Tens of thousands of people in the U.S. won’t be spending the holidays with their families but will instead be stuck in isolation after they contracted Covid-19 during the surge of the omicron variant of the coronavirus.
After scientists at the University of California, San Francisco, confirmed on Dec. 1 that they had discovered the highly contagious variant in a patient in California, the first such patient in the country, it has been detected in all 50 states as of this week, torpedoing plans for get-togethers for countless Covid sufferers and their families.
The variant has sent cases skyrocketing in the U.S., pushing the seven-day average this week to 167,683 cases, higher than the peak of the delta variant in early September.
“I wouldn’t have gone to Christmas parties or bars if I had known,” said Charlotte Wynn, 24, a consultant from the Boston suburbs who recently tested positive. “Those things are essentially meaningless in the grand scheme of things if you don’t get to spend Christmas with your family.”
Emily Maldonado, 27, of New York City, was looking forward to her mother’s visiting from Texas this weekend. Maldonado planned to surprise her with tickets to see the Radio City Rockettes and celebrate the holiday together after a grueling pandemic in which they lost three loved ones to Covid-19.
Then Maldonado contracted the virus, and her mother decided to cancel her trip.
“It’s been a long year in general, and I really needed my mom at the end to cap it off,” Maldonado said. “And I’m nervous about my mom getting sick with it spreading right now.”
Albert R. Lee, 45, an adjunct professor of music at Yale University, said he is nervous about his family gathering after he tested positive for Covid on Tuesday night. He won’t be out of isolation until after Christmas, but he is concerned that his mother might get together with friends who aren’t vaccinated.
“My mom is in her 70s, and I just want to keep her safe,” said Lee, who said he plans to have a conversation with her about limiting gatherings to only vaccinated and boosted people on Christmas.
James Nakajima, 27, a U.K. native who lives in New York, said that after he and his roommate contracted Covid recently, he was grateful that he had gotten a booster shot.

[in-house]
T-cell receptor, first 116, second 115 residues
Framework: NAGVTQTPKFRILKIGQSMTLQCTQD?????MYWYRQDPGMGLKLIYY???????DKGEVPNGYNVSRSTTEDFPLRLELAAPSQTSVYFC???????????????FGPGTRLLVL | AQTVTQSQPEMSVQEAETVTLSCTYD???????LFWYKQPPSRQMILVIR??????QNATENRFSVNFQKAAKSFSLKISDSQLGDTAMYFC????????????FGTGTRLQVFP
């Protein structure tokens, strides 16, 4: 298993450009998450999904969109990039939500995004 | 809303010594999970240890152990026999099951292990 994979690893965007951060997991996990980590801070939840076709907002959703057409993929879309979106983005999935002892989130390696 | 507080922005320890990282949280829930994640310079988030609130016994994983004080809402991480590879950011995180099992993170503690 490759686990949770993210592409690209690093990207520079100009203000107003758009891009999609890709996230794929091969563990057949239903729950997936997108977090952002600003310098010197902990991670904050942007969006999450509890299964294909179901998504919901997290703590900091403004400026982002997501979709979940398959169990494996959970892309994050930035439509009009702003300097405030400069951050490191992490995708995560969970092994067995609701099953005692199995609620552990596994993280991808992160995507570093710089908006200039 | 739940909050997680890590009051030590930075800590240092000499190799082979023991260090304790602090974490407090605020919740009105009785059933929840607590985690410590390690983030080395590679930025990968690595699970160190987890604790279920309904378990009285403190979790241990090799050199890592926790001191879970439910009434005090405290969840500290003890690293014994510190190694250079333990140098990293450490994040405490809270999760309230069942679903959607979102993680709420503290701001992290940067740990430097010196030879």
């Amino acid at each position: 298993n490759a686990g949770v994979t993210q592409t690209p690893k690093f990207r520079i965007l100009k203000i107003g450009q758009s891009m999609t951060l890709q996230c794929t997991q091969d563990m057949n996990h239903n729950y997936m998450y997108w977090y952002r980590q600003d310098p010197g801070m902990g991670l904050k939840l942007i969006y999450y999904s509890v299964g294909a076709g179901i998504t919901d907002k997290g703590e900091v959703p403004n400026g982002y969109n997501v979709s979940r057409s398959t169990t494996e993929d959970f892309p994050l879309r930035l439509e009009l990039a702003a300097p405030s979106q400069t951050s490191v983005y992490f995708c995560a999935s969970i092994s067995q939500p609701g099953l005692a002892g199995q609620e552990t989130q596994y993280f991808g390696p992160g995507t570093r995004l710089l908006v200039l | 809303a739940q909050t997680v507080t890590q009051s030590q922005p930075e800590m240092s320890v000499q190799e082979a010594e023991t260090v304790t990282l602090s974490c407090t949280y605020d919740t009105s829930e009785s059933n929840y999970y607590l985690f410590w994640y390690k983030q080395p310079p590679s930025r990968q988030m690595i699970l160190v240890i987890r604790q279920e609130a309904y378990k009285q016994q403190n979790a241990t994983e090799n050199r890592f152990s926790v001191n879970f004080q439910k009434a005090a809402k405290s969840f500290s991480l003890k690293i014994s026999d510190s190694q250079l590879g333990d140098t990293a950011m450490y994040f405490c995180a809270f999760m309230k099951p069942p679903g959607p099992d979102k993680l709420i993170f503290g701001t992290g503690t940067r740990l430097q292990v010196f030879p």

“I had the boost before I got exposed, and I’ve had no symptoms,” he said. “That was a contrast to my roommate, who hadn’t yet gotten the booster, and he got pretty sick for a few days. That’s anecdotal, but I feel like it’s protecting me.”
Nakajima said that he has postponed his travel plans until his isolation period is over and that he is looking forward to replicating his Christmas traditions a couple of days later.
“When I do get to fly back, I’ll get to go on nice family walks, and we’ll eat meals together,” he said. “I’m trying to look forward and not get too caught up in missing Christmas Day.”
Tri Tran, 25, who immigrated to the U.S. from Vietnam when he was 11 years old and didn’t celebrate Christmas growing up, had been excited to experience the holiday for the first time.
“I don’t have any Christmas tradition, but I was planning on going to St. Louis with my partner to celebrate Christmas with her family,” he said.
After he got a positive result Saturday night, Tran canceled his travel plans.
In what is shaping up to be a frustrating holiday season for many, Lee said he is trying to stay positive.
“This is upsetting. This is frustrating. This is not what we plan,” he said. “But I think so much of our suffering is from resisting what is. It is what is.
“I just want to press through and remain positive and hopeful and prayerful for those people who might not be vaccinated and are dealing with the full brunt of the virus,” he said.